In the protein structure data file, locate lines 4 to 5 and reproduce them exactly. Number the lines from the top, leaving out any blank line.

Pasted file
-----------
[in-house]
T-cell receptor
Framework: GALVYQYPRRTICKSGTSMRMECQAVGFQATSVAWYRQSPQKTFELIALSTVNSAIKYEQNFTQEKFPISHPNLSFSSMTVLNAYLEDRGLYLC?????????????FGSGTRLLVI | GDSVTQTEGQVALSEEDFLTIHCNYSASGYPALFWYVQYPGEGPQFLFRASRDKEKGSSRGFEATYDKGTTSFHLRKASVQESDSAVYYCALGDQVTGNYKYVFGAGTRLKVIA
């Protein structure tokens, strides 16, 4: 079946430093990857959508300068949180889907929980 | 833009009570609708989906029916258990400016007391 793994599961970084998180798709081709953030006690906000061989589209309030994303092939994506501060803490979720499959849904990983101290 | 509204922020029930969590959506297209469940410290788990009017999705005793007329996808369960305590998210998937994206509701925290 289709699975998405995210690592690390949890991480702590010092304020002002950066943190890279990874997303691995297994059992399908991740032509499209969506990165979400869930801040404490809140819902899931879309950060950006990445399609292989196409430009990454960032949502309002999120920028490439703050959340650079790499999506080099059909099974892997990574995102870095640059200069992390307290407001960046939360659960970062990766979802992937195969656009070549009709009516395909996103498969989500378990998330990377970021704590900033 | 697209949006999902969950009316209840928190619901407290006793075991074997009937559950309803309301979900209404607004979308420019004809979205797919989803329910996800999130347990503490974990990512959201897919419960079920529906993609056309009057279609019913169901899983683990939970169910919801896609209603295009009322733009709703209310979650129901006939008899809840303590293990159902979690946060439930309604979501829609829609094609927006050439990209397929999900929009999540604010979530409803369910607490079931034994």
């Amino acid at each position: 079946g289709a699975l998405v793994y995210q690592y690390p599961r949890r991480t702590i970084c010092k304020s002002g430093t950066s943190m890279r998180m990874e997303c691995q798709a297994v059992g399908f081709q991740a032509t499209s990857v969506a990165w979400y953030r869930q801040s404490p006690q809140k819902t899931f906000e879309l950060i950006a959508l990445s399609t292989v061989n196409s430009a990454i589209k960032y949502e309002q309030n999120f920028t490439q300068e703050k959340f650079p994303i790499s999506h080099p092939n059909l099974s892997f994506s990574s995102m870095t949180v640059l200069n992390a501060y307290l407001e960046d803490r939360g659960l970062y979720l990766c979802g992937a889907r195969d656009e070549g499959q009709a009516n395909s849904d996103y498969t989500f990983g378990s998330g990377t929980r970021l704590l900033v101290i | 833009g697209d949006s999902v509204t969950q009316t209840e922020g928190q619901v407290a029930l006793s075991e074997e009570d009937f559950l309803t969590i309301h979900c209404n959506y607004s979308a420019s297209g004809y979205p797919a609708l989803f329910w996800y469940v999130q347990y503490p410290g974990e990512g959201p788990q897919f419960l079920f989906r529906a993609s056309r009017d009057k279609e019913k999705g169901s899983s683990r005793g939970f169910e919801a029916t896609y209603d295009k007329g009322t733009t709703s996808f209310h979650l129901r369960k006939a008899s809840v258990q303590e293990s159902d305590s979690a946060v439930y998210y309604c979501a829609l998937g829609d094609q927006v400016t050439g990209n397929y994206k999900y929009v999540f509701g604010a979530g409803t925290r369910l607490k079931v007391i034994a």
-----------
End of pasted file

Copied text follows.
């Protein structure tokens, strides 16, 4: 079946430093990857959508300068949180889907929980 | 833009009570609708989906029916258990400016007391 793994599961970084998180798709081709953030006690906000061989589209309030994303092939994506501060803490979720499959849904990983101290 | 509204922020029930969590959506297209469940410290788990009017999705005793007329996808369960305590998210998937994206509701925290 289709699975998405995210690592690390949890991480702590010092304020002002950066943190890279990874997303691995297994059992399908991740032509499209969506990165979400869930801040404490809140819902899931879309950060950006990445399609292989196409430009990454960032949502309002999120920028490439703050959340650079790499999506080099059909099974892997990574995102870095640059200069992390307290407001960046939360659960970062990766979802992937195969656009070549009709009516395909996103498969989500378990998330990377970021704590900033 | 697209949006999902969950009316209840928190619901407290006793075991074997009937559950309803309301979900209404607004979308420019004809979205797919989803329910996800999130347990503490974990990512959201897919419960079920529906993609056309009057279609019913169901899983683990939970169910919801896609209603295009009322733009709703209310979650129901006939008899809840303590293990159902979690946060439930309604979501829609829609094609927006050439990209397929999900929009999540604010979530409803369910607490079931034994």
């Amino acid at each position: 079946g289709a699975l998405v793994y995210q690592y690390p599961r949890r991480t702590i970084c010092k304020s002002g430093t950066s943190m890279r998180m990874e997303c691995q798709a297994v059992g399908f081709q991740a032509t499209s990857v969506a990165w979400y953030r869930q801040s404490p006690q809140k819902t899931f906000e879309l950060i950006a959508l990445s399609t292989v061989n196409s430009a990454i589209k960032y949502e309002q309030n999120f920028t490439q300068e703050k959340f650079p994303i790499s999506h080099p092939n059909l099974s892997f994506s990574s995102m870095t949180v640059l200069n992390a501060y307290l407001e960046d803490r939360g659960l970062y979720l990766c979802g992937a889907r195969d656009e070549g499959q009709a009516n395909s849904d996103y498969t989500f990983g378990s998330g990377t929980r970021l704590l900033v101290i | 833009g697209d949006s999902v509204t969950q009316t209840e922020g928190q619901v407290a029930l006793s075991e074997e009570d009937f559950l309803t969590i309301h979900c209404n959506y607004s979308a420019s297209g004809y979205p797919a609708l989803f329910w996800y469940v999130q347990y503490p410290g974990e990512g959201p788990q897919f419960l079920f989906r529906a993609s056309r009017d009057k279609e019913k999705g169901s899983s683990r005793g939970f169910e919801a029916t896609y209603d295009k007329g009322t733009t709703s996808f209310h979650l129901r369960k006939a008899s809840v258990q303590e293990s159902d305590s979690a946060v439930y998210y309604c979501a829609l998937g829609d094609q927006v400016t050439g990209n397929y994206k999900y929009v999540f509701g604010a979530g409803t925290r369910l607490k079931v007391i034994a």